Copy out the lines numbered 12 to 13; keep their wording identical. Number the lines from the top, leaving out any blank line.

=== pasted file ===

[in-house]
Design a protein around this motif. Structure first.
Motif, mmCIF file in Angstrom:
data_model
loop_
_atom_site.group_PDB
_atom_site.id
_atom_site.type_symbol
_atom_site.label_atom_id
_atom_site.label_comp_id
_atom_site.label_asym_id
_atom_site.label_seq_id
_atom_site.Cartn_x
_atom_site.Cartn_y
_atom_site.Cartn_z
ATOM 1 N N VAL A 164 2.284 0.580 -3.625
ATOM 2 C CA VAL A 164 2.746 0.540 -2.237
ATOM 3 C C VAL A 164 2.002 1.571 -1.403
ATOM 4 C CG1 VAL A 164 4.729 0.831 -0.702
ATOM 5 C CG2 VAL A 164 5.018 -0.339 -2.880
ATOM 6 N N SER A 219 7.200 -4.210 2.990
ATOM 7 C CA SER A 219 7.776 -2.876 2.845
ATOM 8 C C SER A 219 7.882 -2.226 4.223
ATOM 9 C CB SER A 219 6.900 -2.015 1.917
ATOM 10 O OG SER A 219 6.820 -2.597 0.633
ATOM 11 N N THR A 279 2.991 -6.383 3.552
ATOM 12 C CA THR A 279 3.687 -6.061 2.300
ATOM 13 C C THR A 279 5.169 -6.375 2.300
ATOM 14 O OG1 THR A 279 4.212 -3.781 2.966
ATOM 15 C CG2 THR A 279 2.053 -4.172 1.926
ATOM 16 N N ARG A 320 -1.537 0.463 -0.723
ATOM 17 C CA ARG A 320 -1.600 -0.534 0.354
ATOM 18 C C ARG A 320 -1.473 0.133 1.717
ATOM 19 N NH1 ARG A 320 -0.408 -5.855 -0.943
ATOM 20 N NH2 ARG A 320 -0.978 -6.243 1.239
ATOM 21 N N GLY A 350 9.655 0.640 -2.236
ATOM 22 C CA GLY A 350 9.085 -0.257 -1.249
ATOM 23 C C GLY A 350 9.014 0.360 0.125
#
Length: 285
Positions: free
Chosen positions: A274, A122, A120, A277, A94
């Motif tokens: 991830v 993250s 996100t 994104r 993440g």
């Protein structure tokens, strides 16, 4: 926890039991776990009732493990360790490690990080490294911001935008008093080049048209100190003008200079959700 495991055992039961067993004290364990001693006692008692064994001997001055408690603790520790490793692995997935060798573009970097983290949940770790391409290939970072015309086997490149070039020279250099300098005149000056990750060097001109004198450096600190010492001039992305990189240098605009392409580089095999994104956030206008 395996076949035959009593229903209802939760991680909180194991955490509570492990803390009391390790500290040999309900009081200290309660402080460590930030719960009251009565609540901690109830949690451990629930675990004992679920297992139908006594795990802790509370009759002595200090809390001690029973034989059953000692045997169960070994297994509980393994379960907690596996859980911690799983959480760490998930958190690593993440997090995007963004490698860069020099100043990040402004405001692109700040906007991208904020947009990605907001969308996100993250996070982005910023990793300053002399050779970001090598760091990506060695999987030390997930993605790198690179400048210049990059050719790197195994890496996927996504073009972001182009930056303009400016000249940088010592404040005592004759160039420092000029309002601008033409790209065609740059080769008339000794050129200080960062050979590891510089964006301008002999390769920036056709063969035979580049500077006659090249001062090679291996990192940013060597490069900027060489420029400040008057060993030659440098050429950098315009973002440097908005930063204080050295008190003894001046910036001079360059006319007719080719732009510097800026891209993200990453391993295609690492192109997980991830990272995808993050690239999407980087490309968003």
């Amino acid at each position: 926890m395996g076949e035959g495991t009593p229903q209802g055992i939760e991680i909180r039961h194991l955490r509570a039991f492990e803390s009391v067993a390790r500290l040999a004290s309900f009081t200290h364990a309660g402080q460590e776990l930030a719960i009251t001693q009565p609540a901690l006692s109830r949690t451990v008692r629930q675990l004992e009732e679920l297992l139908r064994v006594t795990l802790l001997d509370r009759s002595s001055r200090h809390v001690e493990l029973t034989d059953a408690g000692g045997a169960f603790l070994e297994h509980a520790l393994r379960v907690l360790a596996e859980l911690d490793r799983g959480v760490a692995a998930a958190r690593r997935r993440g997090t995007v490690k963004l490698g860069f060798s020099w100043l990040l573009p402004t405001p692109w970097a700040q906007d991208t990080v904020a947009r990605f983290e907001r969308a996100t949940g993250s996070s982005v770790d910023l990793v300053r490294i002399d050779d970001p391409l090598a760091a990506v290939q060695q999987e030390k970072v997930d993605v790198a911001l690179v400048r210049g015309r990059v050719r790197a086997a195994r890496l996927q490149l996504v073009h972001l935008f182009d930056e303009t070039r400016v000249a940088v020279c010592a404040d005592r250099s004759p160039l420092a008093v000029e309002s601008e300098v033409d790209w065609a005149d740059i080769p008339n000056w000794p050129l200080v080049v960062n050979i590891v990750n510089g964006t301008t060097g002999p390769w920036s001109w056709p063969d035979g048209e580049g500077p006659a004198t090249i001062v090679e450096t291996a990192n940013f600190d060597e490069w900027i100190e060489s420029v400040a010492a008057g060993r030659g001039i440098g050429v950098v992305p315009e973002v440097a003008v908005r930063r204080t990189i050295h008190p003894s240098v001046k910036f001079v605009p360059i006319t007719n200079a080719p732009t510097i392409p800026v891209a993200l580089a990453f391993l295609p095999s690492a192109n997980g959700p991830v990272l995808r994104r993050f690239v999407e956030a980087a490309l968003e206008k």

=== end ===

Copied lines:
_atom_site.label_seq_id
_atom_site.Cartn_x